Crown says FBI did not break law in Dotcom case
Lawyers for the Crown in New Zealand say the FBI did not break the law by taking evidence seized from Kim Dotcom's house back to the United States.
The German co-founder of the file-sharing site Megaupload is living in New Zealand where he has residency. He and three other men are facing extradition to the US on charges of internet piracy and money laundering in what is described as the largest criminal copyright case in the world.
Mr Dotcom and his co-accused have won the right to access the evidence that is in New Zealand, but the Crown has appealed against the ruling.
On Wednesday, Mr Dotcom's lawyers argued in the Auckland High Court that the material was removed without their knowledge and in breach of the Solicitor-General's ruling.
John Pike, the lawyer for the Attorney-General, said the Solicitor-General's ruling had not been breached because it only related to custody of the items, not copies.
However, Mr Pike admitted that the office thought the FBI agents were taking the copies back to the US with them, rather than sending them by courier while they were in New Zealand.
Mr Dotcom's lawyer, Willy Akel, told court it wants the Crown to begin copying all of the evidence in New Zealand, pending a court hearing on the appeal.
However, the Crown says copying all of the evidence would take at least two-and-a-half months and would have to be done by the FBI. It says the request is unrealistic and would almost certainly prevent the extradition hearing going ahead in August this year.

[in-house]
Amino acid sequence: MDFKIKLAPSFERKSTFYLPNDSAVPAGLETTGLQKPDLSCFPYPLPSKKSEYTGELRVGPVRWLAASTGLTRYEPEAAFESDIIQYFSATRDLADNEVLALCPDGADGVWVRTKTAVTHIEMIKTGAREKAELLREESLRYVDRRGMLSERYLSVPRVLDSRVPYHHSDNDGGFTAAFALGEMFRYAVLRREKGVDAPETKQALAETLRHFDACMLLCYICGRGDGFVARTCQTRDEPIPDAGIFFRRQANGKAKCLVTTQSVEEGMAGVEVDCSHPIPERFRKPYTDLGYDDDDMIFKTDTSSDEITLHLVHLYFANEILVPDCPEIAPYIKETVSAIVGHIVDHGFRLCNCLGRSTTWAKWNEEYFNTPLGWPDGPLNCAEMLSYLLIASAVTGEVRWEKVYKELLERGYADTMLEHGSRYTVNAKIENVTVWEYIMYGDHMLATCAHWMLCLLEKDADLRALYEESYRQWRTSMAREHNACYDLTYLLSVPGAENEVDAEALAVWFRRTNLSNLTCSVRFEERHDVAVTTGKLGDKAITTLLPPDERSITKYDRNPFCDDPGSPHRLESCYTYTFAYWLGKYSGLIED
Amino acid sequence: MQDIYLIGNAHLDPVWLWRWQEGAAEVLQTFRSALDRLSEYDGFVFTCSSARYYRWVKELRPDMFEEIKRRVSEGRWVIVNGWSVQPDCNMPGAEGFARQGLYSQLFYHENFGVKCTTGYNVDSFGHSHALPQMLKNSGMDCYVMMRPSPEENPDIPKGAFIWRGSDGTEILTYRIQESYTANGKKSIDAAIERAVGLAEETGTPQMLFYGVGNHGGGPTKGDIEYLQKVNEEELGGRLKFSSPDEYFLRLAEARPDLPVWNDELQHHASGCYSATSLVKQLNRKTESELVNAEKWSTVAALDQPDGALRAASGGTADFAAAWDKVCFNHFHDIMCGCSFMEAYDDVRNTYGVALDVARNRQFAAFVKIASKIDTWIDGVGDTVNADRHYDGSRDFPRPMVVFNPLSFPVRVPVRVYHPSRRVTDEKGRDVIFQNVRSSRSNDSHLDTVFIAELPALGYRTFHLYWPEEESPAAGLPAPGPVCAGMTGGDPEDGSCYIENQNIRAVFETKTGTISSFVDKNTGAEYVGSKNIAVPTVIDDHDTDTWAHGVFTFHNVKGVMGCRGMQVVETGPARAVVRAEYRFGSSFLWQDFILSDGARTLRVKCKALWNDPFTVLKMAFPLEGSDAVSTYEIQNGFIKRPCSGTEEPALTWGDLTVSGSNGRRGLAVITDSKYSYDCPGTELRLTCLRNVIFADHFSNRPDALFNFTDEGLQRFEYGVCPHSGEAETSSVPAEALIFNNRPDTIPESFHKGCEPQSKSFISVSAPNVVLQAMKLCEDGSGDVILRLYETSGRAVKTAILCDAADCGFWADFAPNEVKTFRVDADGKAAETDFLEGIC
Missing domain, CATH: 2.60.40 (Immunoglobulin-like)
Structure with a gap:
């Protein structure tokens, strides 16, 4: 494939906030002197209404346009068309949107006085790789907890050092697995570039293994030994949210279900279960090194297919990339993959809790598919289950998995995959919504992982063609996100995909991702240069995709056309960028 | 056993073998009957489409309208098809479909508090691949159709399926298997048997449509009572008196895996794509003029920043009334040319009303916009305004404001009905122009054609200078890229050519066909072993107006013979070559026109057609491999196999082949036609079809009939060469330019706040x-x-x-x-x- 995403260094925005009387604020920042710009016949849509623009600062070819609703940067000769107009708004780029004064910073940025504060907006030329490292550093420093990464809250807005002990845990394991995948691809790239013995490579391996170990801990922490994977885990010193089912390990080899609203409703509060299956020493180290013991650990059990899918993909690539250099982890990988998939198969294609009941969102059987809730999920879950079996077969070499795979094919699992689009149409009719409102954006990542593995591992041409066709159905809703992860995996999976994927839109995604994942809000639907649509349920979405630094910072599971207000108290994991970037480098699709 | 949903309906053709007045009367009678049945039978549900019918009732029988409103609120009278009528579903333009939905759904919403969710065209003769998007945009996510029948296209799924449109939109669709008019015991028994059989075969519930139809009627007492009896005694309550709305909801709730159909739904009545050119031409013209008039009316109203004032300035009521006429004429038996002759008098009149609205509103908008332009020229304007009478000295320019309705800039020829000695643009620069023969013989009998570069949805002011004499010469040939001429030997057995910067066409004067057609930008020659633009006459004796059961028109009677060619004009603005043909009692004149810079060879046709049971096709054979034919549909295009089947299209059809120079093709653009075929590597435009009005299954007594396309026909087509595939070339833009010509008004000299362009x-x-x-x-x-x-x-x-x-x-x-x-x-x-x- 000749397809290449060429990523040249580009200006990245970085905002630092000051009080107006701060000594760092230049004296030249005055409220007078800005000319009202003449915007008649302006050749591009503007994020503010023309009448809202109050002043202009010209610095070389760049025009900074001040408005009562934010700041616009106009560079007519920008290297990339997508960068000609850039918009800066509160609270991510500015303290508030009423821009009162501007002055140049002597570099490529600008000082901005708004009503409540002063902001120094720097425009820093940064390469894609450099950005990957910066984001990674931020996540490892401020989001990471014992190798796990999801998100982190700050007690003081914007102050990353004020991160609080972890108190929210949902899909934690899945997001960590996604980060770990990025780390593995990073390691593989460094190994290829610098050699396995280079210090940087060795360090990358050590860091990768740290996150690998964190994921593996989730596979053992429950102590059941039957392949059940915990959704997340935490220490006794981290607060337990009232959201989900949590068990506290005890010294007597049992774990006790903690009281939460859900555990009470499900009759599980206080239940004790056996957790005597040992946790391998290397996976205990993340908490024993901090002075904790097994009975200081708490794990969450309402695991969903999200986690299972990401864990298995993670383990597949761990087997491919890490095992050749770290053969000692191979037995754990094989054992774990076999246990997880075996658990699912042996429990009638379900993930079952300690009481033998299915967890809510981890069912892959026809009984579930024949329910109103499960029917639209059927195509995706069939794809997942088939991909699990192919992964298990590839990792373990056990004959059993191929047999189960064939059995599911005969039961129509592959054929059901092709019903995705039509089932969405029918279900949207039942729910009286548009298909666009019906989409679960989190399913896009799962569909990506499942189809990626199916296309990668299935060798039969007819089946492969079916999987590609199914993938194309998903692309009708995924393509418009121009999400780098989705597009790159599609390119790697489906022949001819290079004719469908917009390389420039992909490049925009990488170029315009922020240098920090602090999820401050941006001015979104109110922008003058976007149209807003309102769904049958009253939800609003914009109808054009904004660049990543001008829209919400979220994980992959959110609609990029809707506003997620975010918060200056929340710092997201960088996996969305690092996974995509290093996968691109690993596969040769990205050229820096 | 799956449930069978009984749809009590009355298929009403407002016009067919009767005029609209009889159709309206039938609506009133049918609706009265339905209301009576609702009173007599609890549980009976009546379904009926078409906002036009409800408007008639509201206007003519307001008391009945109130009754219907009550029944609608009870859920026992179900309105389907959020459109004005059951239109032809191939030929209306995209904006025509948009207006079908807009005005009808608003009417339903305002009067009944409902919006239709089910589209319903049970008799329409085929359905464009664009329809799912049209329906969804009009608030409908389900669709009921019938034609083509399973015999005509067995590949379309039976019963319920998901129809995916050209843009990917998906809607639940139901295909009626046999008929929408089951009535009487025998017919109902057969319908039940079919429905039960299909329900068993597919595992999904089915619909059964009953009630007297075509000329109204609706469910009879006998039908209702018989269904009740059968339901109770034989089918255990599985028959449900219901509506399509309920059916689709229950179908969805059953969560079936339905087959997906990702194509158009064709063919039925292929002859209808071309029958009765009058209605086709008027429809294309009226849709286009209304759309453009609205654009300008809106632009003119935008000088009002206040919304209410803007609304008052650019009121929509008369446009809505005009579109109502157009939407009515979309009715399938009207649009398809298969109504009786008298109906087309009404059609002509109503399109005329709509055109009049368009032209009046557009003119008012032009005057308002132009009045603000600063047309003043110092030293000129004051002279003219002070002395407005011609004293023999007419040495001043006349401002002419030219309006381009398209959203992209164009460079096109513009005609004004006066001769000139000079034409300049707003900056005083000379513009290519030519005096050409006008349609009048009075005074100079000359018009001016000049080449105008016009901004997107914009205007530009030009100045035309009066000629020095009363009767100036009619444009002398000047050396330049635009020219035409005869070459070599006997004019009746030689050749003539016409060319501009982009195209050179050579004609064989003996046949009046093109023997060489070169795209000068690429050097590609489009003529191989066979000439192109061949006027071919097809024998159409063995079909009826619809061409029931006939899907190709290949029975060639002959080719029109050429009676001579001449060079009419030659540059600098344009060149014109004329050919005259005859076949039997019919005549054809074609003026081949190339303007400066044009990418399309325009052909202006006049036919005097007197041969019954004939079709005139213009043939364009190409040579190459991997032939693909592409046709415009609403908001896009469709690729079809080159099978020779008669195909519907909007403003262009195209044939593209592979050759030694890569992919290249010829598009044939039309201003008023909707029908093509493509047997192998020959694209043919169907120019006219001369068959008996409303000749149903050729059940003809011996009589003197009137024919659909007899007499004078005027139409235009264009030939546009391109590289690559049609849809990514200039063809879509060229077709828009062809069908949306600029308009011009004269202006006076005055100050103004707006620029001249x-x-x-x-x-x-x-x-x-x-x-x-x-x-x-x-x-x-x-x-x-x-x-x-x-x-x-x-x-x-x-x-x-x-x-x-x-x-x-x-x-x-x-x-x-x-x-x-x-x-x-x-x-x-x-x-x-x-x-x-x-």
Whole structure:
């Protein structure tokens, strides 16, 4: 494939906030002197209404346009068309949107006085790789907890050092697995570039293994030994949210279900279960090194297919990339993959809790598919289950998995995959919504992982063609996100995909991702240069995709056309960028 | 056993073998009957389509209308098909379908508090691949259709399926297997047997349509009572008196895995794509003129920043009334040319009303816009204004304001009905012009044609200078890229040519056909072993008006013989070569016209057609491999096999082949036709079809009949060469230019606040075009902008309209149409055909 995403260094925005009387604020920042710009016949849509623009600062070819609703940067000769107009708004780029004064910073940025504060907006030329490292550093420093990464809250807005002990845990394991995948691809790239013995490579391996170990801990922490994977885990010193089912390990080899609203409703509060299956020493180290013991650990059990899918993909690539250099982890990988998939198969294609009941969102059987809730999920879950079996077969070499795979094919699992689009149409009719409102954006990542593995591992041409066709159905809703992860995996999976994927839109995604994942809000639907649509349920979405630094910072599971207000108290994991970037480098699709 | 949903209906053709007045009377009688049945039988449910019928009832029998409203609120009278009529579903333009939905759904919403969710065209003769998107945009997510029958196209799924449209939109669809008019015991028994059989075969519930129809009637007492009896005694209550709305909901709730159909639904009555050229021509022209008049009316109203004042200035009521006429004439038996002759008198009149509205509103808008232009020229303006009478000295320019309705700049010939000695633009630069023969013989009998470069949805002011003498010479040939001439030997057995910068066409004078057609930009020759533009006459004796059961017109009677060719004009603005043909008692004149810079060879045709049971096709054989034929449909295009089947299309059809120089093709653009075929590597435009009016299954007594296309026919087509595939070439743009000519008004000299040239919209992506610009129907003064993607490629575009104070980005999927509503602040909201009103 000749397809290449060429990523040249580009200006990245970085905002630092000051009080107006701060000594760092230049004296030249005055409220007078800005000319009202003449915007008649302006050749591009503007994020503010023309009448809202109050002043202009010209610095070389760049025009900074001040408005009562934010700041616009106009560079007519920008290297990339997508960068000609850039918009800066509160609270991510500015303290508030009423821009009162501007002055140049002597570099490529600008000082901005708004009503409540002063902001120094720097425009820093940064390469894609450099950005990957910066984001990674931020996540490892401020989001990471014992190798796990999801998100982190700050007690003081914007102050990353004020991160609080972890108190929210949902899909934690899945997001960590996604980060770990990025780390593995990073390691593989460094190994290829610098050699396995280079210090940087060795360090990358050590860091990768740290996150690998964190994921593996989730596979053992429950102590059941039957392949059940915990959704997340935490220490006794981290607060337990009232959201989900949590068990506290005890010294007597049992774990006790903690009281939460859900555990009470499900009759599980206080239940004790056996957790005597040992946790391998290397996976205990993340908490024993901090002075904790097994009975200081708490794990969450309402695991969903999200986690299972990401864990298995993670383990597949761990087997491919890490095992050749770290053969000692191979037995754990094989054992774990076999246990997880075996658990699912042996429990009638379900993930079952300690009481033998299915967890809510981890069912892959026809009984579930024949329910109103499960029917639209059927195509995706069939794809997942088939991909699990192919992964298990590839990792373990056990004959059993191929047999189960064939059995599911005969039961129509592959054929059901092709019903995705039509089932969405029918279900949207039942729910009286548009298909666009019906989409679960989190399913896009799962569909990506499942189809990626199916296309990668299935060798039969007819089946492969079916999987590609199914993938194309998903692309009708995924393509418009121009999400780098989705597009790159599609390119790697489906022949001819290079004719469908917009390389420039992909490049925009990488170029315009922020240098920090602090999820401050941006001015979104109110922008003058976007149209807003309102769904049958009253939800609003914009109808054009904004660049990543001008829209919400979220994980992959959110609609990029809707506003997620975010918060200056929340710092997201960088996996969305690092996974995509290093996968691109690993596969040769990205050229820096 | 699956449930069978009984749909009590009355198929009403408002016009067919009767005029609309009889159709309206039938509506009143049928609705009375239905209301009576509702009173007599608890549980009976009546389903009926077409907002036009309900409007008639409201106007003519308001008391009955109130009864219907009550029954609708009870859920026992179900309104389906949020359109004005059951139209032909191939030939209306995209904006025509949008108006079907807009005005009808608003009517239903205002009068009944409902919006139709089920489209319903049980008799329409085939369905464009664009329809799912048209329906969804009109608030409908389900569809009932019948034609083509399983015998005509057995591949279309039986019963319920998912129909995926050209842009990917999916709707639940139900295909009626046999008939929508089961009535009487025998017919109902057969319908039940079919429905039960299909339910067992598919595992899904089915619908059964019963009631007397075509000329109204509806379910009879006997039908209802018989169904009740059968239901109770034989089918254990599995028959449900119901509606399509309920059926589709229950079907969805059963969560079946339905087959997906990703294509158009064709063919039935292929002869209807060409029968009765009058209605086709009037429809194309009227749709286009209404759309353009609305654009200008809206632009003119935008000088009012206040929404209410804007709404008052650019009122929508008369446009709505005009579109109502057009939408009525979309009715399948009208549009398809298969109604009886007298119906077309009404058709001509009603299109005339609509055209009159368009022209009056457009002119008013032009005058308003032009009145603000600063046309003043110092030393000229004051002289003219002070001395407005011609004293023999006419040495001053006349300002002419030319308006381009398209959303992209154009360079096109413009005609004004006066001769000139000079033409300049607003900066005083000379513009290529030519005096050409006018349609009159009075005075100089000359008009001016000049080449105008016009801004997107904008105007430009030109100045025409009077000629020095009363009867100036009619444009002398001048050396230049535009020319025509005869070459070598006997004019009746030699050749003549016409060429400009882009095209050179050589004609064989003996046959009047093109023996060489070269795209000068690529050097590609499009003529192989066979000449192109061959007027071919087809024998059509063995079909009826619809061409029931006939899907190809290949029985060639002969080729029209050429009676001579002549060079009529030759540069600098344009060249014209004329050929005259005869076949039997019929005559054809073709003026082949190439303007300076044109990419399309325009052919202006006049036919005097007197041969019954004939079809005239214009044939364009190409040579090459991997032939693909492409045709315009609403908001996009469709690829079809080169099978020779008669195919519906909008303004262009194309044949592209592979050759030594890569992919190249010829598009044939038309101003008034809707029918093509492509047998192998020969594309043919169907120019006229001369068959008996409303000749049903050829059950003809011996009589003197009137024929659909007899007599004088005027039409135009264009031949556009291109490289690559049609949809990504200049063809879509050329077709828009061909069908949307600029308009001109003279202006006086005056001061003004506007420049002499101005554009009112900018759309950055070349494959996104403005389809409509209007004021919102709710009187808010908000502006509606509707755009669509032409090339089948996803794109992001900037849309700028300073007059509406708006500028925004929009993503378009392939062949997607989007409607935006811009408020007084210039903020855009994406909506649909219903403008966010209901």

The court was told a police officer knew the FBI had couriered seven copies of electronic evidence from Mr Dotcom's house to the US, but did not report it.
Willy Akel said the FBI has taken 18 copies of evidence to the US illegally. He read out a statement by Detective Sergeant Nigel McMorrin, who looked after the FBI agents while they were in New Zealand, which he said showed that the defence could not have known the material was removed.
Outside court, the Crown refused to tell Radio New Zealand when it found out the material was removed, saying it was irrelevant because all parties knew the copies were being taken.
But Mr Dotcom's lawyers said items - and copies of them - are in essence the same thing, so believed they could not be taken offshore.
Justice Helen Winkelmann reserved her decision on Wednesday.
Megaupload was indicted in a federal court in Virginia on 19 January this year and the site was shut down. Mr Dotcom and his co-accused were arrested in Auckland, New Zealand, the following day. Formal papers requesting their extradition were lodged by the US in March.
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